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How to Write a Resume on a Mac

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When you need to create a word processing document, such as resume on your Mac computer, you may have the option to use Microsoft Word for Mac or Apple's Pages, depending on the software you have installed on your computer. Before you choose a resume template from Word or Pages, the first step is think about your work experience and the nature of the position for which you're applying.

Resume Prep

If you have extensive experience doing the work that the new position includes, use the more traditional, chronological resume format. That type of resume lists your most recent jobs near the top of the page in reverse chronological order. If you're applying for a job that you haven't done before – but for which you still have the skills to qualify – use a skills-based or "functional" resume, which highlights your best skills or accomplishments near the top of the page. You'll know what skills are best to list for an individual job by closely reading the job posting, and then pulling out the required or desired skills the employer wants that apply to you. In either case, make some notes about your most recent jobs, the duties you performed, and the skills required for the job.

Microsoft Word Templates

Launch Word for Mac from your Mac's Dock and then select "Resumes" from the list of Templates that appear along the left hand side of the window. If none of those appeal to you, check out the Microsoft Office "Templates/Resumes" Web page. Once the template is downloaded, it should appear among your templates when you launch Word. From the Templates window, click on the one you want to highlight, and then select your desired colors and fonts. If the employer has specified certain fonts or font sizes in the job posting, choose those here. Then click "Choose." If you decide to change the font or font size after you've begun working on the document, that's fine too; simply highlight the text within the document, and change the font from the "Fonts" panel. The formatting of the document should remain the same.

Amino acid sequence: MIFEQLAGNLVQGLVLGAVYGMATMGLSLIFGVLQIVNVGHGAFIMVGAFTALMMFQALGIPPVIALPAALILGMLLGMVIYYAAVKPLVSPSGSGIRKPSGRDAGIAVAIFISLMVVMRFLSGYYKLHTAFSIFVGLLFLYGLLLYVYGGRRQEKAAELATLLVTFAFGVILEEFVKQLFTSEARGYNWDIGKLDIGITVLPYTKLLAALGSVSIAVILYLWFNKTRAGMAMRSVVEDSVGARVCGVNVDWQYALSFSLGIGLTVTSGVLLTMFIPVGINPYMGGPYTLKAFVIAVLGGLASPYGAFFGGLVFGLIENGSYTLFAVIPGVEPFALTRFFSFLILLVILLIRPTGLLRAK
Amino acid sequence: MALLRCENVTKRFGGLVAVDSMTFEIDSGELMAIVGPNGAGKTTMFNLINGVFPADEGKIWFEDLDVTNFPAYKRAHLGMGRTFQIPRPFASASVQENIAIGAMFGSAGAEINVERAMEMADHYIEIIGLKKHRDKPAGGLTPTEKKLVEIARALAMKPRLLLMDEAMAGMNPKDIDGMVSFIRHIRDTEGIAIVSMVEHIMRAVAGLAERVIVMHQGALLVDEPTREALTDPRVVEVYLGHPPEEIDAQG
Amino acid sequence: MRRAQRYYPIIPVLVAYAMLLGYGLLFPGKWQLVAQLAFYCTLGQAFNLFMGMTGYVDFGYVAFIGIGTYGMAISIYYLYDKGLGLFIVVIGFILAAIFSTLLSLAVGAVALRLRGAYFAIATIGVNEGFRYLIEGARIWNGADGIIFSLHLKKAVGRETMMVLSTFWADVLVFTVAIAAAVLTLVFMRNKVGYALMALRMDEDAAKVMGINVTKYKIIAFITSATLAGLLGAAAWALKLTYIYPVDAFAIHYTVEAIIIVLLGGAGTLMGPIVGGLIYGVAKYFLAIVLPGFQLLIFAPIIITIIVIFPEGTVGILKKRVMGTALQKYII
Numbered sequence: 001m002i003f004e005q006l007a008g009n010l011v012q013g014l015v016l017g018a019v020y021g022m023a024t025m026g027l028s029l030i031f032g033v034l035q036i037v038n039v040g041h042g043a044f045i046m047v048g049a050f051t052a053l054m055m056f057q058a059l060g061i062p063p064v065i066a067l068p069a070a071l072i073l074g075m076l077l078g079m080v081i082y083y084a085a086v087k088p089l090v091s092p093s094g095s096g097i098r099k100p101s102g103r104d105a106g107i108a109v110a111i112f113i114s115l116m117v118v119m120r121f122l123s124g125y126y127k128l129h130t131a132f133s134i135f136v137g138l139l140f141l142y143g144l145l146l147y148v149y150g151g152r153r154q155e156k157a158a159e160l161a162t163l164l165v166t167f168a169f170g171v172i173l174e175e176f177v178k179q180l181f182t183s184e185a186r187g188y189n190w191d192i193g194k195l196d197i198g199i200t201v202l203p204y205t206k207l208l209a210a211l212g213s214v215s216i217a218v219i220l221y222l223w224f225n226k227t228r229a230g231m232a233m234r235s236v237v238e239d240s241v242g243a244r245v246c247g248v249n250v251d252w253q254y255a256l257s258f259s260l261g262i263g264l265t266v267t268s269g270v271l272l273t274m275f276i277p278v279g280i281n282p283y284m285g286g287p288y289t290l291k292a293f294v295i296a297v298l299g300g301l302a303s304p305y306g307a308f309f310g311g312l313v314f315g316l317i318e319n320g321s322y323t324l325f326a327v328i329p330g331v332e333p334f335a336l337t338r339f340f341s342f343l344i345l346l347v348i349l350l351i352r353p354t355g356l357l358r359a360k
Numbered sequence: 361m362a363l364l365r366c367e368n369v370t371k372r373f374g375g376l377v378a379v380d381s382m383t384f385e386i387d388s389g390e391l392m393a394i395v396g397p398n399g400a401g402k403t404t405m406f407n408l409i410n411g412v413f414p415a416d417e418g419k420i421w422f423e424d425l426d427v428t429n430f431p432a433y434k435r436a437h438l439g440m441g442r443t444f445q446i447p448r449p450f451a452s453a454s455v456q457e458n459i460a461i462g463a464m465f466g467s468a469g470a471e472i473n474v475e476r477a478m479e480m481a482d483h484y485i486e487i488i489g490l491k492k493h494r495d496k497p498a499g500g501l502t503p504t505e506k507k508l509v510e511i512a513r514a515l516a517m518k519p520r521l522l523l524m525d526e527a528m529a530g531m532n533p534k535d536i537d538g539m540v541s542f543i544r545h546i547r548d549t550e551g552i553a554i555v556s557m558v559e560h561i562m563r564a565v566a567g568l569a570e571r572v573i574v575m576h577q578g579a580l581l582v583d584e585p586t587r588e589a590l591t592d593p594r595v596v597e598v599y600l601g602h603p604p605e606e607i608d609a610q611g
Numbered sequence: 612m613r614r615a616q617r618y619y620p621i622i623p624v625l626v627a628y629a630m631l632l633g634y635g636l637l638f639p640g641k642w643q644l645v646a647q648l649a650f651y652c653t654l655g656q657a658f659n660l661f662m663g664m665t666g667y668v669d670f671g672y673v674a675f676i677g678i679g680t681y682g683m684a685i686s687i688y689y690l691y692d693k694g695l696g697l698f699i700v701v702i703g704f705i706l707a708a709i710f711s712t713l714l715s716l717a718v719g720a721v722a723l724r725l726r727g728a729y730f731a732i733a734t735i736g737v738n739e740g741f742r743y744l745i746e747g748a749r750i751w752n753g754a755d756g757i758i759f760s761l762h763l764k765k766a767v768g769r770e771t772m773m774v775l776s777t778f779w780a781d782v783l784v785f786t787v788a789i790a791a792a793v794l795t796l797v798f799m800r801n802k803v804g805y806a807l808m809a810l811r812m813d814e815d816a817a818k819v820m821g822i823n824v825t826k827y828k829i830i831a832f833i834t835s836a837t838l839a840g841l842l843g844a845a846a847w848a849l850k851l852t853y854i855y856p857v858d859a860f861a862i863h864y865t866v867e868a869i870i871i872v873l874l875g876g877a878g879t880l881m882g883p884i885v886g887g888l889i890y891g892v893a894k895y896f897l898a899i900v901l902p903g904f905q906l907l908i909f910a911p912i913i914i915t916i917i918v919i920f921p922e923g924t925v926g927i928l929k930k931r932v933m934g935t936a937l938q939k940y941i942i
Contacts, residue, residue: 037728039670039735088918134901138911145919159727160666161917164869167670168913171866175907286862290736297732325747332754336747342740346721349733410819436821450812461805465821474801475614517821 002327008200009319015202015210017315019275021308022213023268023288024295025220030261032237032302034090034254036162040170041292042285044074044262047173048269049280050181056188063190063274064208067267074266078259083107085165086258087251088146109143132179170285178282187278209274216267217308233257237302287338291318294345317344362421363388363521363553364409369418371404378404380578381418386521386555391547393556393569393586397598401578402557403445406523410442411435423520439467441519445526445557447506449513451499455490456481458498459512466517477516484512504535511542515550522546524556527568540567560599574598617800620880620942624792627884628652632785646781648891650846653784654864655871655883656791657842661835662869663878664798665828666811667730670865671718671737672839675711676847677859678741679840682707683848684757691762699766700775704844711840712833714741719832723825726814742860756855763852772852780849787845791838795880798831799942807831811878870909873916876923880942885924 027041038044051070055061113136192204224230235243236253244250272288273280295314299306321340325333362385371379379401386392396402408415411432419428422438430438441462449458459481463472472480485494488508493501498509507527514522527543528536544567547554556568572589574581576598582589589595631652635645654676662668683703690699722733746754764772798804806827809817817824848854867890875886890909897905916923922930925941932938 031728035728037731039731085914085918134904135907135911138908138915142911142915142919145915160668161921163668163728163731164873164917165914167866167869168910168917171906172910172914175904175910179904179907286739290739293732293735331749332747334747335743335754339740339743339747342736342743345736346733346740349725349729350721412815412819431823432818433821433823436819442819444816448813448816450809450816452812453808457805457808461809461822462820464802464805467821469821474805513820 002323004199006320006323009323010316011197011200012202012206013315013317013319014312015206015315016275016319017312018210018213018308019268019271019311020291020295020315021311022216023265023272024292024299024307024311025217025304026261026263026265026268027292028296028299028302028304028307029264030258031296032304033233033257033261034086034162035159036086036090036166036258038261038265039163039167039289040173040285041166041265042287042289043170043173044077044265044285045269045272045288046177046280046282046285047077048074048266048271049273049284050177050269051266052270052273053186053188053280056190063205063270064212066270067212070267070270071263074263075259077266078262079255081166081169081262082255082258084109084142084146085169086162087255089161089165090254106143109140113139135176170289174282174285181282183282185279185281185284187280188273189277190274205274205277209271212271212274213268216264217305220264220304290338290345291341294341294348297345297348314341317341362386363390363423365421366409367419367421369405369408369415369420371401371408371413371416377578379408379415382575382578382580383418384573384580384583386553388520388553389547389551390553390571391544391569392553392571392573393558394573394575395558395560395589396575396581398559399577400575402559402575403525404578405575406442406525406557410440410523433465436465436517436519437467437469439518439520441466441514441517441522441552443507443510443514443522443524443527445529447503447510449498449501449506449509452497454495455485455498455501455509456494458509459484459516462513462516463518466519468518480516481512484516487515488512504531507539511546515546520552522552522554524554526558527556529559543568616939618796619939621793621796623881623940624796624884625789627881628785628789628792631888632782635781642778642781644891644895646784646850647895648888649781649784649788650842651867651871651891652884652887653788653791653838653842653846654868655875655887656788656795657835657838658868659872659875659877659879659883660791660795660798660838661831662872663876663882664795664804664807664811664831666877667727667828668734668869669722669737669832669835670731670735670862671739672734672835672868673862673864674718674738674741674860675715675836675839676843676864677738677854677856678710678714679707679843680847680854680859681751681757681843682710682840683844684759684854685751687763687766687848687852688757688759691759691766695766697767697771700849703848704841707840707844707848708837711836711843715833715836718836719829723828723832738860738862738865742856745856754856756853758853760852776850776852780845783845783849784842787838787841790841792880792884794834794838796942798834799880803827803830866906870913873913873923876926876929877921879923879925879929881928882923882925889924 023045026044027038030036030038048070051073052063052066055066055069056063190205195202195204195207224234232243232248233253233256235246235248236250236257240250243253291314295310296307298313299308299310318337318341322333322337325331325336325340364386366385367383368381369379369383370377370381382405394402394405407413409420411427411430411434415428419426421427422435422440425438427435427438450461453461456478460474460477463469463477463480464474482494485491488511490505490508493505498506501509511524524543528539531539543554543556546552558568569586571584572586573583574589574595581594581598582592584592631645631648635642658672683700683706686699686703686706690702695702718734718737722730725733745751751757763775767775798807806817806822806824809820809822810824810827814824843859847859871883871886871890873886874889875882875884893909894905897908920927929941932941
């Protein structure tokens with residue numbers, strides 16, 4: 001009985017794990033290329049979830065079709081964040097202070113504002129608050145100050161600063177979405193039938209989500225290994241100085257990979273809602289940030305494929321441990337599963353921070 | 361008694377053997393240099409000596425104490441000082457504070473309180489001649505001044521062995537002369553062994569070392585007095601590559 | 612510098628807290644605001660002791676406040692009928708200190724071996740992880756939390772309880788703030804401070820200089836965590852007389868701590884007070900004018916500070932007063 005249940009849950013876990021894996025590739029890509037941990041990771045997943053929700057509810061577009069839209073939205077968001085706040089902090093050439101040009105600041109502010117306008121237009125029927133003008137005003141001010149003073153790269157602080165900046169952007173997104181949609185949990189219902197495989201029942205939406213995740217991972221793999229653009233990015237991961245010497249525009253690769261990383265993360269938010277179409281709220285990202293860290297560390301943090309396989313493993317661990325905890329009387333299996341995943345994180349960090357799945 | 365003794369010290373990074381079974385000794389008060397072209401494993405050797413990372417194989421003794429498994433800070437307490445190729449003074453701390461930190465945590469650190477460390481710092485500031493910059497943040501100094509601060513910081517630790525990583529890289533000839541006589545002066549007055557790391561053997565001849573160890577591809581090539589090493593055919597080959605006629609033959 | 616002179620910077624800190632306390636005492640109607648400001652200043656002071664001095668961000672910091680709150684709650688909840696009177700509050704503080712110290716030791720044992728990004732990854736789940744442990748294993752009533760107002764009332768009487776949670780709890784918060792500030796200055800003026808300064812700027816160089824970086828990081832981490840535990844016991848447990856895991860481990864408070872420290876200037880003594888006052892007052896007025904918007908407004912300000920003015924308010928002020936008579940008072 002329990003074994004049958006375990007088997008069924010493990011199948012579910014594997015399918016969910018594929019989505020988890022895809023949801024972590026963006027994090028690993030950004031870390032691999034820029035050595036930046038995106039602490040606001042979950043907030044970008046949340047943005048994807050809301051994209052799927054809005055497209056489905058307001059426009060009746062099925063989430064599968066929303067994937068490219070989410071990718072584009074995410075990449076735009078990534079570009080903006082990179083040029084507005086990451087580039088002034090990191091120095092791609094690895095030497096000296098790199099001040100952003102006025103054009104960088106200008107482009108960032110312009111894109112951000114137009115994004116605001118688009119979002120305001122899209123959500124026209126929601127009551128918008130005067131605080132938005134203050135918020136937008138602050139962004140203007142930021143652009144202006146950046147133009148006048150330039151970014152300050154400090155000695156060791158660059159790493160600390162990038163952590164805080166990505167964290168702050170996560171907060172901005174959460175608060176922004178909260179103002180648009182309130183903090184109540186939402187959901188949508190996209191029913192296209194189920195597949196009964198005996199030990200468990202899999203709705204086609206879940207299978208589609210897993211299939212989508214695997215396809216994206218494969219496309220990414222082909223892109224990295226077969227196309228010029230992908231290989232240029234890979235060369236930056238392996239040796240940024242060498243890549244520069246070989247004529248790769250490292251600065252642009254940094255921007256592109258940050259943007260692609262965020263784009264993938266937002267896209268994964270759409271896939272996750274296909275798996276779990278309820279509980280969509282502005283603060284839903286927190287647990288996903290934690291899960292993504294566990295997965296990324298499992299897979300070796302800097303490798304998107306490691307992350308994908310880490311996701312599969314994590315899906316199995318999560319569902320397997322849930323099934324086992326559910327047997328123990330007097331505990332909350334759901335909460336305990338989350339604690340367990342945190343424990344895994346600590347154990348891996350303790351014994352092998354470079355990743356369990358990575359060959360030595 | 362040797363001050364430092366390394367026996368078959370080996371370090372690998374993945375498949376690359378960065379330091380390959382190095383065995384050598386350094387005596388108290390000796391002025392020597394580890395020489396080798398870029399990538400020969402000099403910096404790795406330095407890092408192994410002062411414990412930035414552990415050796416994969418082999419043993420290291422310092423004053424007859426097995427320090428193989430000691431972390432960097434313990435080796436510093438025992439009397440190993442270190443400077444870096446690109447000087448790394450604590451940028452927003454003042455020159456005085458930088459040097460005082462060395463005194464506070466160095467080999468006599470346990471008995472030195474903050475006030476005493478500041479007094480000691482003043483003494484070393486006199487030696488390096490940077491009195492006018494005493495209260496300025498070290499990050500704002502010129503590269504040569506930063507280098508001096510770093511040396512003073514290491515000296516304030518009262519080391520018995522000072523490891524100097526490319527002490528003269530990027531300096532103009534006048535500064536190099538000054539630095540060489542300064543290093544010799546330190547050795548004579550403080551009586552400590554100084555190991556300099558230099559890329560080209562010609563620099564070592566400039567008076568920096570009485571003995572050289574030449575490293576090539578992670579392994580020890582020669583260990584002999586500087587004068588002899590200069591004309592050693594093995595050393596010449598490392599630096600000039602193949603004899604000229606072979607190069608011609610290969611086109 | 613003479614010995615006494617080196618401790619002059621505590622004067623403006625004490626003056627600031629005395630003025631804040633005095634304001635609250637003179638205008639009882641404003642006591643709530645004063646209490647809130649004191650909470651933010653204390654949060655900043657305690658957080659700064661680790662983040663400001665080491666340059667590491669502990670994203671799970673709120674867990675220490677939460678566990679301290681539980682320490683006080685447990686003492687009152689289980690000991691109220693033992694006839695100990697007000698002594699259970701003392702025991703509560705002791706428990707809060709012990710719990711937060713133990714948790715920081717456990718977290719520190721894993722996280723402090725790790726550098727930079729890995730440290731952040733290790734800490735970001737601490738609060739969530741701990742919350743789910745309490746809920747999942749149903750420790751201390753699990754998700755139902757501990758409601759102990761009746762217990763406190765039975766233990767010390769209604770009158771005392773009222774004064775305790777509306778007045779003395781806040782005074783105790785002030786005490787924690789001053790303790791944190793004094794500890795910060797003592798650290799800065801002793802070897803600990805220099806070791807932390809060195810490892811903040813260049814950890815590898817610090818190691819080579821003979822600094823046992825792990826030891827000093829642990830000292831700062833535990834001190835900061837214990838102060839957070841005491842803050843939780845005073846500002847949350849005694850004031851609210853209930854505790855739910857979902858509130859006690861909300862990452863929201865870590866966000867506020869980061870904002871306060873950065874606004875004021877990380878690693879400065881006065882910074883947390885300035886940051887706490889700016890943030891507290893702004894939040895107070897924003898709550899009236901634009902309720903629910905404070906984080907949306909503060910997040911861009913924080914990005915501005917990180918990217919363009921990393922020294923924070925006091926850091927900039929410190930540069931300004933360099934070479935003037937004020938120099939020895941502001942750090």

Entering Your Information

Now fill your personal information into each pre-formatted field. Double-click on a section to highlight it, and then simply start typing; the generic template information will disappear and be replaced by your text. Enter your name, address, skills, jobs, dates and other information into the correct fields. To save the file, click "File," and then "Save As," and then name the document and click "Save." Word will automatically save it as a Word-based DOCX file – which tends to be the preferred file type for business, and for online resume databases. Be sure to review the document carefully so that none of the generic information provided by Word is left in the document. Have someone else review the document before you print it.

The Mac Alternative: Pages

If you're using Pages, follow a very similar process to create your resume. Launch the application, choose from the resume templates listed along the left hand side of the page, and click "Choose." If you want another template, try the iWork Community website, which offers several additional templates for download. Pages will automatically put your name into the "Name" field, as well as the phone number, if you have one saved to your user account. Double-click on a section to highlight it, and then start typing your personal details to delete the generic information. Highlight sections to drag and move them, or even delete them altogether. When you are done, click "File," and "Save As." Pages will save the document as a PAGES document, unless you specify otherwise, and it will allow you to save a copy as a Word document by clicking the check box in the "Save As" window. To save the document as plain text, click "File," and then "Export," and then choose "Plain Text."


Nicole Vulcan has been a journalist since 1997, covering parenting and fitness for The Oregonian, careers for CareerAddict, and travel, gardening and fitness for Black Hills Woman and other publications. Vulcan holds a Bachelor of Arts in English and journalism from the University of Minnesota. She's also a lifelong athlete and is pursuing certification as a personal trainer.

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